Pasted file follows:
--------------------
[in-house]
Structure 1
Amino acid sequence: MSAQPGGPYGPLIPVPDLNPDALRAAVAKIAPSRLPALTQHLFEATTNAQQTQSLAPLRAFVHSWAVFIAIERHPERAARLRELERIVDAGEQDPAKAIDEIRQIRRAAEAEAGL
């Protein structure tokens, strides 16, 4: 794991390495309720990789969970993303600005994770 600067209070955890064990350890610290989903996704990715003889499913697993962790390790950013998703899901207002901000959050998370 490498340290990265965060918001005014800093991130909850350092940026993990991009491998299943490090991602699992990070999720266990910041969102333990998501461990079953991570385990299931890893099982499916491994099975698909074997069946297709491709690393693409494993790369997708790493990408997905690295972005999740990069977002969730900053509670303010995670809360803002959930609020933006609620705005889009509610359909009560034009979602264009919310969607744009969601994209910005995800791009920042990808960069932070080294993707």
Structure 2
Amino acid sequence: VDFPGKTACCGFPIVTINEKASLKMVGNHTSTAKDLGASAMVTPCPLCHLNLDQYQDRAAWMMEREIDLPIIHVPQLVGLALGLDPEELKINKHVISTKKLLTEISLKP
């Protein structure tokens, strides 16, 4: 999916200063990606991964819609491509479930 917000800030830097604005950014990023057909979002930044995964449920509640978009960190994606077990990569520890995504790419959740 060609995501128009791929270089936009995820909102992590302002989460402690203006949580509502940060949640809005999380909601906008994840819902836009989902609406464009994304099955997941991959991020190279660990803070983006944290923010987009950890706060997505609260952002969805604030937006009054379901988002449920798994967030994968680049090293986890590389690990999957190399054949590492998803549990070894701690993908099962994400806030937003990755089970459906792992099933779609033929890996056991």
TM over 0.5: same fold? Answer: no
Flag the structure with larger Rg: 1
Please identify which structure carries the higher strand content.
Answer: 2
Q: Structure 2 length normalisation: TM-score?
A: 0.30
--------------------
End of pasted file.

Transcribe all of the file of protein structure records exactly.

[in-house]
Structure 1
Amino acid sequence: MSAQPGGPYGPLIPVPDLNPDALRAAVAKIAPSRLPALTQHLFEATTNAQQTQSLAPLRAFVHSWAVFIAIERHPERAARLRELERIVDAGEQDPAKAIDEIRQIRRAAEAEAGL
């Protein structure tokens, strides 16, 4: 794991390495309720990789969970993303600005994770 600067209070955890064990350890610290989903996704990715003889499913697993962790390790950013998703899901207002901000959050998370 490498340290990265965060918001005014800093991130909850350092940026993990991009491998299943490090991602699992990070999720266990910041969102333990998501461990079953991570385990299931890893099982499916491994099975698909074997069946297709491709690393693409494993790369997708790493990408997905690295972005999740990069977002969730900053509670303010995670809360803002959930609020933006609620705005889009509610359909009560034009979602264009919310969607744009969601994209910005995800791009920042990808960069932070080294993707």
Structure 2
Amino acid sequence: VDFPGKTACCGFPIVTINEKASLKMVGNHTSTAKDLGASAMVTPCPLCHLNLDQYQDRAAWMMEREIDLPIIHVPQLVGLALGLDPEELKINKHVISTKKLLTEISLKP
């Protein structure tokens, strides 16, 4: 999916200063990606991964819609491509479930 917000800030830097604005950014990023057909979002930044995964449920509640978009960190994606077990990569520890995504790419959740 060609995501128009791929270089936009995820909102992590302002989460402690203006949580509502940060949640809005999380909601906008994840819902836009989902609406464009994304099955997941991959991020190279660990803070983006944290923010987009950890706060997505609260952002969805604030937006009054379901988002449920798994967030994968680049090293986890590389690990999957190399054949590492998803549990070894701690993908099962994400806030937003990755089970459906792992099933779609033929890996056991």
TM over 0.5: same fold? Answer: no
Flag the structure with larger Rg: 1
Please identify which structure carries the higher strand content.
Answer: 2
Q: Structure 2 length normalisation: TM-score?
A: 0.30